When Judea became a Roman province, Caesarea Maritima served as its capital. In the 3rd century, Jewish sages exempted the city from Jewish law, or Halakha, as by this time the majority of the inhabitants were non-Jewish. The city was chiefly a commercial centre relying on trade.
The Muslim historian al-Biladhuri (d. 892) mentions Kaisariyyah/Cæsarea as one of ten towns in Jund Filastin (military district of Palestine) conquered by the Muslim Rashidun army under 'Amr ibn al-'As's leadership during the 630s.
The area was only seriously farmed during the Rashidun Caliphate period, apparently until the Crusader conquest in the eleventh century. Over time, the farms were buried under the sands shifting along the shores of the Mediterranean.
Nasir-i-Khusraw noted a "beautiful Friday Mosque" in Caesarea in year 1047, "so situated that in its court you may sit and enjoy the view of all that is passing on the sea." This was converted into the church of St. Peter in Crusader times. A wall which may belong to this building has been identified in modern times.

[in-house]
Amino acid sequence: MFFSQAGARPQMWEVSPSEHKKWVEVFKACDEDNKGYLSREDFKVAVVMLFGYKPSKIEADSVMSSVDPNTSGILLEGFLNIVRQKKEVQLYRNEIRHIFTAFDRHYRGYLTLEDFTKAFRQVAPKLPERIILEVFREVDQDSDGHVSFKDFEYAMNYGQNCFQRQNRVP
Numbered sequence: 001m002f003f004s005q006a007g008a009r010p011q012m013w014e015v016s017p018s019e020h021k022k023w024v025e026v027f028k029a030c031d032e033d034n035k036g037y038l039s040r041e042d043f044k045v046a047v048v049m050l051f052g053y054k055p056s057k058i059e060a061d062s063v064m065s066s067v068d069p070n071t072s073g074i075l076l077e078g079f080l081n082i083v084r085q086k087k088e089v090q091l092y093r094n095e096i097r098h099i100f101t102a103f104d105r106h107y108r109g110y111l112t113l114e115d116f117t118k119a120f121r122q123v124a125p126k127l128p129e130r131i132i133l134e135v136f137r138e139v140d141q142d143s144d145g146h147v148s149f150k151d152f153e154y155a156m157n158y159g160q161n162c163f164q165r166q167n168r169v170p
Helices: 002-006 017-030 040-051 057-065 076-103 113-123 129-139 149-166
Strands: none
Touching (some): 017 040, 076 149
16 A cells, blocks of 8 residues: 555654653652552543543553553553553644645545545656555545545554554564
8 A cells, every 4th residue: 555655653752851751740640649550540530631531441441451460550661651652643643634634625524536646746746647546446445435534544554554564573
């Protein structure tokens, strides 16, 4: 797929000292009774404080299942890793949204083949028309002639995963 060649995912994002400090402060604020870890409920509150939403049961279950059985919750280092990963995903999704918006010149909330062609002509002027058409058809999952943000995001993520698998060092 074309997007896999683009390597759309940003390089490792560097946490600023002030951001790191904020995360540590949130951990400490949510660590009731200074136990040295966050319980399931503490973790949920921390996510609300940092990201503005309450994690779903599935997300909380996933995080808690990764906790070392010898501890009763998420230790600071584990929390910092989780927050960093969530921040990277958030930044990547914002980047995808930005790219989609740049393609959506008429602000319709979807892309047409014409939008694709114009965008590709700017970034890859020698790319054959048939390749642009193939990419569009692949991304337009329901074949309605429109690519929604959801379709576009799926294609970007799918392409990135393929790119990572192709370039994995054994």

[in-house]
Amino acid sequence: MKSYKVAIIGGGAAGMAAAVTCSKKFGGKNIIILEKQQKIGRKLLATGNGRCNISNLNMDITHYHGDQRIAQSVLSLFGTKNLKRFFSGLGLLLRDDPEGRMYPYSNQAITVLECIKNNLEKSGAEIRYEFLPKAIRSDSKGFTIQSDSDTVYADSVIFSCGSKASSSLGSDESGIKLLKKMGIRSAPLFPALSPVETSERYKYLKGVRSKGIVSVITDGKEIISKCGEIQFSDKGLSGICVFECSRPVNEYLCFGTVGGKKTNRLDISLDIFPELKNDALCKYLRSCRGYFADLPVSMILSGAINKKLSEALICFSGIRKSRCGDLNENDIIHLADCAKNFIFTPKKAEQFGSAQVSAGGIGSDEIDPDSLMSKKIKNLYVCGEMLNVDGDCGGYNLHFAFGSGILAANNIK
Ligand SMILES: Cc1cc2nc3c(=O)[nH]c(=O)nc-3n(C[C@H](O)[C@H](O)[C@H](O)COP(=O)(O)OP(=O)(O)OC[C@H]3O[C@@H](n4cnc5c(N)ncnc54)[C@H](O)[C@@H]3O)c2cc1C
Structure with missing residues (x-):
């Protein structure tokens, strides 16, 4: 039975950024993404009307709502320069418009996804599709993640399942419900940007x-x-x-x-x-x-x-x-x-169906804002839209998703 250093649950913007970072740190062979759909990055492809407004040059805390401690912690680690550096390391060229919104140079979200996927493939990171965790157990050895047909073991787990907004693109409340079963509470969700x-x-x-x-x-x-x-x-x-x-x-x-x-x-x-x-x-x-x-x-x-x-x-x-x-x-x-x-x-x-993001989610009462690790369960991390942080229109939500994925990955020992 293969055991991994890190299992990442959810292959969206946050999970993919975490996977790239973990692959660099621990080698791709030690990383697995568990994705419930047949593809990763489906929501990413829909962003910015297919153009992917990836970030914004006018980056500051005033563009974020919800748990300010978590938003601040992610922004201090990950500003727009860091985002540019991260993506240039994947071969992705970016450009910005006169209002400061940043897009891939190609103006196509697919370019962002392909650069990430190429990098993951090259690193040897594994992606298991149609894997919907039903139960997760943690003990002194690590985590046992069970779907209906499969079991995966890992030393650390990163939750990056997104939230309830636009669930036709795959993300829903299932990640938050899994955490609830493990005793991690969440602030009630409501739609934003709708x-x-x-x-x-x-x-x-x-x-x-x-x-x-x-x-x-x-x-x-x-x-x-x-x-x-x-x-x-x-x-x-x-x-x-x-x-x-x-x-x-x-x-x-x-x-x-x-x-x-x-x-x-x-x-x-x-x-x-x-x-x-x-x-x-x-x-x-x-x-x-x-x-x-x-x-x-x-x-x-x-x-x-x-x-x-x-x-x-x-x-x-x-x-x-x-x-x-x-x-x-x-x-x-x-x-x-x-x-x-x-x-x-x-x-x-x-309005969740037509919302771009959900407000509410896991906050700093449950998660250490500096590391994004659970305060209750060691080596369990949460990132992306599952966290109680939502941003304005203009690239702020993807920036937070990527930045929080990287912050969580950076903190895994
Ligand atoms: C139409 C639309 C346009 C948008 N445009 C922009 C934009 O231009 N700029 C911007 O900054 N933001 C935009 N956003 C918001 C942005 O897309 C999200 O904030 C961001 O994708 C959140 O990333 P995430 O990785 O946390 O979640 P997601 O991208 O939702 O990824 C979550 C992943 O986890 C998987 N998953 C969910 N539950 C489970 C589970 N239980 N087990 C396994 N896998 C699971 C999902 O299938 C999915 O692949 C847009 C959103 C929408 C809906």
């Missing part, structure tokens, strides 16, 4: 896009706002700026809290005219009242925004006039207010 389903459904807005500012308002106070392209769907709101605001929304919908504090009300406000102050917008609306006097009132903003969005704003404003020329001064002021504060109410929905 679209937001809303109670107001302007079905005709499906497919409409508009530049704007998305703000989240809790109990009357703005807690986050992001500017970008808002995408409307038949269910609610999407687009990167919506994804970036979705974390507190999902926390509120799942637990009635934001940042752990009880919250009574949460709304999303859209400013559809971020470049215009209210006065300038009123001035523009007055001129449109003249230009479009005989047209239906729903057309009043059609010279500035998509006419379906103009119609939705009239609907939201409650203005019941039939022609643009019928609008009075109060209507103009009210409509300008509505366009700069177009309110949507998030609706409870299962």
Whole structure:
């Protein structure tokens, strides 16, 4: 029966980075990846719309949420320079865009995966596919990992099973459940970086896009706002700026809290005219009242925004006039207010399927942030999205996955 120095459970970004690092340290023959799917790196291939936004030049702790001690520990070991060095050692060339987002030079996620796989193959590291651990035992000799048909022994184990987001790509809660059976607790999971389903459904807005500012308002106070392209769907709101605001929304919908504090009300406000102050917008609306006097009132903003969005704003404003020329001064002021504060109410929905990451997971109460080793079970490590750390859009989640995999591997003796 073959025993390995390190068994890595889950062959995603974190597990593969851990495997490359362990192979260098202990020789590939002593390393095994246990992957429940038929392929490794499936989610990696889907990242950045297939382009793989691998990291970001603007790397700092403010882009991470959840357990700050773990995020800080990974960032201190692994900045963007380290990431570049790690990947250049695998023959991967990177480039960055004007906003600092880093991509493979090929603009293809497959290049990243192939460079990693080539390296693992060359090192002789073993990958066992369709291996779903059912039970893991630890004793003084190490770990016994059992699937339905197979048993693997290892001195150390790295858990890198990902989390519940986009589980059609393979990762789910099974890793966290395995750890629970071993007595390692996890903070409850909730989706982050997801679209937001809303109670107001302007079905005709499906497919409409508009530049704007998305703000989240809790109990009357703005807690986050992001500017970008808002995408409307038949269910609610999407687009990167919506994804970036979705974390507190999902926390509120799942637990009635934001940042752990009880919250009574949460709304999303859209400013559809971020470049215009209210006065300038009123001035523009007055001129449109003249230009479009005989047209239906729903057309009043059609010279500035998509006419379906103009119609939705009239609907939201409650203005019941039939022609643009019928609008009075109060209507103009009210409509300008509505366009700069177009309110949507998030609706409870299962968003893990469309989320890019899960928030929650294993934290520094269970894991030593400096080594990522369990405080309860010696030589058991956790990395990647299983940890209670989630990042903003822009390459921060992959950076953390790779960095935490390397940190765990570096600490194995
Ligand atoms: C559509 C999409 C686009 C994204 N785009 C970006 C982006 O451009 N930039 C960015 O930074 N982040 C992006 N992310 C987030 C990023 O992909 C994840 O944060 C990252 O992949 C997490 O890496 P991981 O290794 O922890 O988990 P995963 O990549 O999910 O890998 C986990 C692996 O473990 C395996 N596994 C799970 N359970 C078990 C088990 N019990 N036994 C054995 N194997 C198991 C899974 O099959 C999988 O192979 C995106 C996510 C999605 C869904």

Khusraw further noted that it "is a fine city, with running waters, and palm-gardens, and orange and citron trees. Its walls are strong, and it has an iron gate. There are fountains that gush out within the city."
In 1251, Louis IX of France fortified the city, ordering the construction of high walls (parts of which are still standing) and a deep moat. However, strong walls could not keep out the sultan Baybars, who ordered his troops to scale the walls in several places simultaneously, enabling them to penetrate the city. During the Mamluk era, the ruins of Caesarea Maritima by the Crusader fortress near Caesarea on the Mediterranean coast lay uninhabited.
Al-Dimashqi, writing around 1300, noted that Kaisariyyah belonged to the Kingdom of Ghazza (Gaza).
The Bosnian Mosque at Qisarya
|Geopolitical entity||Mandatory Palestine|
|Date of depopulation||February, 1948|
|• Total||31,786 dunams (31.786 km2 or 12.273 sq mi)|
|Cause(s) of depopulation||Expulsion by Yishuv forces|
Caesarea lay in ruins until the nineteenth century, when the village of Qisarya (Arabic: قيسارية, the Arabic name for Caesarea) was established in 1884 by Bushnaks (Bosniaks) – immigrants from Bosnia, who built a small fishing village on the ruins of the Crusader fortress on the coast.
A population list from about 1887 showed that Caesarea had 670 Muslim inhabitants, in addition to 265 Muslim inhabitants, who were noted as "Bosniaks”.